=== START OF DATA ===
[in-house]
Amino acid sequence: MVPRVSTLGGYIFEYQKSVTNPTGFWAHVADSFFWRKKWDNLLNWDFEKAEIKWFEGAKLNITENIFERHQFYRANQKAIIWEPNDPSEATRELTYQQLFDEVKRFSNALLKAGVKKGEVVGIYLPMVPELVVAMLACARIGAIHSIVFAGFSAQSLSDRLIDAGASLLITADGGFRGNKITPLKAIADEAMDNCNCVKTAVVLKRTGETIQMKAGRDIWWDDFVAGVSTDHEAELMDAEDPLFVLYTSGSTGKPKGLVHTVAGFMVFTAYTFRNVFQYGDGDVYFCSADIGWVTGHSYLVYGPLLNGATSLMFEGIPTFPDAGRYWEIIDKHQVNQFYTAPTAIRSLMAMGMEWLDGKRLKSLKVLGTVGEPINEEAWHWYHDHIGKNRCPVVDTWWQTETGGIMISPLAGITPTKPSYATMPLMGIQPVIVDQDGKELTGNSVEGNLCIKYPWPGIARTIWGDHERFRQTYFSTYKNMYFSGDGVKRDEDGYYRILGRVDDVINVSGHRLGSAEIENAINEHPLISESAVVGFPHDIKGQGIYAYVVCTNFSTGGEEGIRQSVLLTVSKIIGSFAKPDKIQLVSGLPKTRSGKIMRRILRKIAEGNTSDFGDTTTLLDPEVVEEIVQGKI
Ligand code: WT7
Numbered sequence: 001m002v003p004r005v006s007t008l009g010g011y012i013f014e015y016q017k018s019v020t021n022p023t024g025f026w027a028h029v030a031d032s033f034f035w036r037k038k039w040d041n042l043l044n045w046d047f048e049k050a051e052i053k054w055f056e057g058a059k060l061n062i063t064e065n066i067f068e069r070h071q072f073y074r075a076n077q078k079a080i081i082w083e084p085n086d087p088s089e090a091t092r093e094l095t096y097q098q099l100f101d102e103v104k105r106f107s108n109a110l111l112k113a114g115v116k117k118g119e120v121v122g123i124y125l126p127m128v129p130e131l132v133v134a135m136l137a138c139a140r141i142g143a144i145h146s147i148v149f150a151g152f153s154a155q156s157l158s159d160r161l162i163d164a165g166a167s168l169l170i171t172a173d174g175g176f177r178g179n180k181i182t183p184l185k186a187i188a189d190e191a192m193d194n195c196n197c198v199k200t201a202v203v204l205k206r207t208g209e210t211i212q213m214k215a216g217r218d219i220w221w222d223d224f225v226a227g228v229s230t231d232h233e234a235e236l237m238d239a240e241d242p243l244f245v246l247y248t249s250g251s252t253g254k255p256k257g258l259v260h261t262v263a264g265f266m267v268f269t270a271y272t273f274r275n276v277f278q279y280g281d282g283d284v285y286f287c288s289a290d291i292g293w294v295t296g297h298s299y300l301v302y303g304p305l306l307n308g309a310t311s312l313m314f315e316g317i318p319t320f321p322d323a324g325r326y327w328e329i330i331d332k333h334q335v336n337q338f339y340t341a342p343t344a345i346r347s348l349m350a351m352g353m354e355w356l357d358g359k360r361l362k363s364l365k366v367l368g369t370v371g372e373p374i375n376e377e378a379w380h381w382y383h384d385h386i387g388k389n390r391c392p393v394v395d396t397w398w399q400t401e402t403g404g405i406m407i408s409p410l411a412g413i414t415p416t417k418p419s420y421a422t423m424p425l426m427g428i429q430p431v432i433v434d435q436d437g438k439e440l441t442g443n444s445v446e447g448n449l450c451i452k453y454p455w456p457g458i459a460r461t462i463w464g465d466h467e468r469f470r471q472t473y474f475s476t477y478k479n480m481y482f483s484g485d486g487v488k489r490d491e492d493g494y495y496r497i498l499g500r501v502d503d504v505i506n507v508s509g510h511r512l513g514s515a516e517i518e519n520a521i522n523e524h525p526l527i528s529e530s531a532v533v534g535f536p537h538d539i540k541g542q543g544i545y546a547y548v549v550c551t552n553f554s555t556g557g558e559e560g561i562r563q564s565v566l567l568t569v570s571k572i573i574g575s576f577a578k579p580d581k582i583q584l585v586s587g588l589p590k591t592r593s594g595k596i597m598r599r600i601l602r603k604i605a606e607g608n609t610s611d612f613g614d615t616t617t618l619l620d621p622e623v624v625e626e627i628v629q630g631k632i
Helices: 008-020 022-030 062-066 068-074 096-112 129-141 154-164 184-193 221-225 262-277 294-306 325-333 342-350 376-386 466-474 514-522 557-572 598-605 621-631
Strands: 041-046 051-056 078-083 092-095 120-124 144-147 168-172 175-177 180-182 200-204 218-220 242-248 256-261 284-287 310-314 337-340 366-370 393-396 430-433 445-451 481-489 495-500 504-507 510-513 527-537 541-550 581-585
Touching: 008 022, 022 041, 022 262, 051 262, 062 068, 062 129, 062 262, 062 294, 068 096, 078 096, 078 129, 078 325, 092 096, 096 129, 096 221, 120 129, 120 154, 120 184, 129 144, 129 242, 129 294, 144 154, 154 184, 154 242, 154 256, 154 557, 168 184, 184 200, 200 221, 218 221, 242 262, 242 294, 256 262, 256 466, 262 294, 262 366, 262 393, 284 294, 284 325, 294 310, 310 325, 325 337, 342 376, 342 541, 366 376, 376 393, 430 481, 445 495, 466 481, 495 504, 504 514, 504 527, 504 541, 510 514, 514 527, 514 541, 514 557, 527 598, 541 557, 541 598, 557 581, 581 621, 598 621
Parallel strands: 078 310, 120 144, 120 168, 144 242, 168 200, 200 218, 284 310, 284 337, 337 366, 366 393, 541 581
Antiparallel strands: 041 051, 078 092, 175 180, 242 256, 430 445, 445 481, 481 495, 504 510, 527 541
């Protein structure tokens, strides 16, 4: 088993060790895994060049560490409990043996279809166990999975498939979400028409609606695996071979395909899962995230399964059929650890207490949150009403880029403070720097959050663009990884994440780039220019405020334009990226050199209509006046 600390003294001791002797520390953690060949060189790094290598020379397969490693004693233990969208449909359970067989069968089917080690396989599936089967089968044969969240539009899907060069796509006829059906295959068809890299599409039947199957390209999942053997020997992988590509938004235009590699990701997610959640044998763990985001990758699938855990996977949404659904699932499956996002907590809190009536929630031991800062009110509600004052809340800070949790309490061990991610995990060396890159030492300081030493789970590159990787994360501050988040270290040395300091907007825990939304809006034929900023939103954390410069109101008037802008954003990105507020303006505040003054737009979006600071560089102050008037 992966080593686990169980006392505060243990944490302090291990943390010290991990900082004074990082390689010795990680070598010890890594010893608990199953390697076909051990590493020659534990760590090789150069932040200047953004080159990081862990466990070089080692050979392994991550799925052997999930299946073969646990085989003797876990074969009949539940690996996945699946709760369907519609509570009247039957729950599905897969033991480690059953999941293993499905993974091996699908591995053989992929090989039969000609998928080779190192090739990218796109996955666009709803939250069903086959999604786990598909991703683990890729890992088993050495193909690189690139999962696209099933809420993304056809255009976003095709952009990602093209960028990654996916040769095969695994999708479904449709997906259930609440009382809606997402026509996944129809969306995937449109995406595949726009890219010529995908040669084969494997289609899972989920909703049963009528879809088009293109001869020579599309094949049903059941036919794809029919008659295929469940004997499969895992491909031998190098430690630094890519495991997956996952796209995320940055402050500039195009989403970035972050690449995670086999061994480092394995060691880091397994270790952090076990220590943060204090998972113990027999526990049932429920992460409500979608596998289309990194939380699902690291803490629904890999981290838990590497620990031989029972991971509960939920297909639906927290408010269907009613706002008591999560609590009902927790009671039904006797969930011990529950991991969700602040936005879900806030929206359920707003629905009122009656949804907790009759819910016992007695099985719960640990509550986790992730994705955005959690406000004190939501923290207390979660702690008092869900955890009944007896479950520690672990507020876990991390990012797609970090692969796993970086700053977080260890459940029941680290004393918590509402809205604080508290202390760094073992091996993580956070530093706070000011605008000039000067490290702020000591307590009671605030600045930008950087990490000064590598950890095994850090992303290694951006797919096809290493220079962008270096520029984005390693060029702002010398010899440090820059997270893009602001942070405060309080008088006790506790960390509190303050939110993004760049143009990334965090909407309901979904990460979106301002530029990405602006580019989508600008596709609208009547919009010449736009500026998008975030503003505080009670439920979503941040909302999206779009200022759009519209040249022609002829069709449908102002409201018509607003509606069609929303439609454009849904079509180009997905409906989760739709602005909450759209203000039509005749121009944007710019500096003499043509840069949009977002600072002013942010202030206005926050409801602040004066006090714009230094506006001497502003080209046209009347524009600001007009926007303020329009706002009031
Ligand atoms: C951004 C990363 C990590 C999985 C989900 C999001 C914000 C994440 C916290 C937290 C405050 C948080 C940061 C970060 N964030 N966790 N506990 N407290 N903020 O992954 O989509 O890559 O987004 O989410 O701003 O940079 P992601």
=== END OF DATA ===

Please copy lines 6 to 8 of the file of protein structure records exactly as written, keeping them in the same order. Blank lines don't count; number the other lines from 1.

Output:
Strands: 041-046 051-056 078-083 092-095 120-124 144-147 168-172 175-177 180-182 200-204 218-220 242-248 256-261 284-287 310-314 337-340 366-370 393-396 430-433 445-451 481-489 495-500 504-507 510-513 527-537 541-550 581-585
Touching: 008 022, 022 041, 022 262, 051 262, 062 068, 062 129, 062 262, 062 294, 068 096, 078 096, 078 129, 078 325, 092 096, 096 129, 096 221, 120 129, 120 154, 120 184, 129 144, 129 242, 129 294, 144 154, 154 184, 154 242, 154 256, 154 557, 168 184, 184 200, 200 221, 218 221, 242 262, 242 294, 256 262, 256 466, 262 294, 262 366, 262 393, 284 294, 284 325, 294 310, 310 325, 325 337, 342 376, 342 541, 366 376, 376 393, 430 481, 445 495, 466 481, 495 504, 504 514, 504 527, 504 541, 510 514, 514 527, 514 541, 514 557, 527 598, 541 557, 541 598, 557 581, 581 621, 598 621
Parallel strands: 078 310, 120 144, 120 168, 144 242, 168 200, 200 218, 284 310, 284 337, 337 366, 366 393, 541 581